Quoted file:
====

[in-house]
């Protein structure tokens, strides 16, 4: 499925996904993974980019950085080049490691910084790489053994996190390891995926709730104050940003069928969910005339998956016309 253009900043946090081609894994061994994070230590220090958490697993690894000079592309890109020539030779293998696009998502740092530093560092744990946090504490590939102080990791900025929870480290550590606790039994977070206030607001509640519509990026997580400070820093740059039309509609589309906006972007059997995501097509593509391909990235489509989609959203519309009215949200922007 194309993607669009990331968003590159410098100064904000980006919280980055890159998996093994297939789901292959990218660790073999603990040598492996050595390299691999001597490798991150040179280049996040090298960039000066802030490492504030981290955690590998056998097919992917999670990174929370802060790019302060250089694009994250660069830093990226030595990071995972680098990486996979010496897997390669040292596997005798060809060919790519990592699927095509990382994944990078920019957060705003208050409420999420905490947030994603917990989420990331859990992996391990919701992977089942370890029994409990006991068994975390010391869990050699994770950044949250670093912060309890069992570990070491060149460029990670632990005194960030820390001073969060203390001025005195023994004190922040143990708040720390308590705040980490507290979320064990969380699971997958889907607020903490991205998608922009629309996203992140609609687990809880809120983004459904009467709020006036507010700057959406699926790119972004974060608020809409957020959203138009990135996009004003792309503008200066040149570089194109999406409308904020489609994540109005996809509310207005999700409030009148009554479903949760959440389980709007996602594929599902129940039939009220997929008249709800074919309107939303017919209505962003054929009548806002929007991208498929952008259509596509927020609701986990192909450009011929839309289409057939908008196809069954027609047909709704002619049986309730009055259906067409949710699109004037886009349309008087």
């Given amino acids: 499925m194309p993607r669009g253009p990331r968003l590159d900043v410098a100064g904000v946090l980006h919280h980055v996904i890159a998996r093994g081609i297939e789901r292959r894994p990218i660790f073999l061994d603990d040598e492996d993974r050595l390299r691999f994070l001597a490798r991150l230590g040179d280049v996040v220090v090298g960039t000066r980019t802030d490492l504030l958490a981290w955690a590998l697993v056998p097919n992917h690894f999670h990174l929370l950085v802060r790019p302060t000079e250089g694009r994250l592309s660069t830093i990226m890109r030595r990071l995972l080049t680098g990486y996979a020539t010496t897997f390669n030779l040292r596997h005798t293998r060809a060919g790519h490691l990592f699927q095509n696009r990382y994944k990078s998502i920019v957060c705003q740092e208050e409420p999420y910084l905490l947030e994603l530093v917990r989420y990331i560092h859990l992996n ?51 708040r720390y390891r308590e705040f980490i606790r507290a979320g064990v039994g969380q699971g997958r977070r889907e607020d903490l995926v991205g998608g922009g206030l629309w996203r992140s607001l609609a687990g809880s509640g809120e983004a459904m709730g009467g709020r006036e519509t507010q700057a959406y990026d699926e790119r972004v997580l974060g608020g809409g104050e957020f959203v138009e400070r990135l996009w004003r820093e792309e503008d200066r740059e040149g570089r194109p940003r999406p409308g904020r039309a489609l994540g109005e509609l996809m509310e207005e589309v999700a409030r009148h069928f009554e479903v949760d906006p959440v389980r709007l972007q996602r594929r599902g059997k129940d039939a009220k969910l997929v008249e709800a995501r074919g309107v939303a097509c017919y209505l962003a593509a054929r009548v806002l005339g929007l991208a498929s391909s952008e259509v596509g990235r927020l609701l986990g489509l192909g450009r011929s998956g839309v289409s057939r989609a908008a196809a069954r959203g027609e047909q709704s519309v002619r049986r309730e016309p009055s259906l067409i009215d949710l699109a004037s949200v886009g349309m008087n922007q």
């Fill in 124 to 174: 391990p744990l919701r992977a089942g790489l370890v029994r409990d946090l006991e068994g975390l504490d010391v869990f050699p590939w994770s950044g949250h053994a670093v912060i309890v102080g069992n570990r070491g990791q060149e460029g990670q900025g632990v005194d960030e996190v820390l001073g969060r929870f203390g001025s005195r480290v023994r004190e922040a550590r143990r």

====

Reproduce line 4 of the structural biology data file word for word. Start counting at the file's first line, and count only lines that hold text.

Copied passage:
């Fill in 124 to 174: 391990p744990l919701r992977a089942g790489l370890v029994r409990d946090l006991e068994g975390l504490d010391v869990f050699p590939w994770s950044g949250h053994a670093v912060i309890v102080g069992n570990r070491g990791q060149e460029g990670q900025g632990v005194d960030e996190v820390l001073g969060r929870f203390g001025s005195r480290v023994r004190e922040a550590r143990r």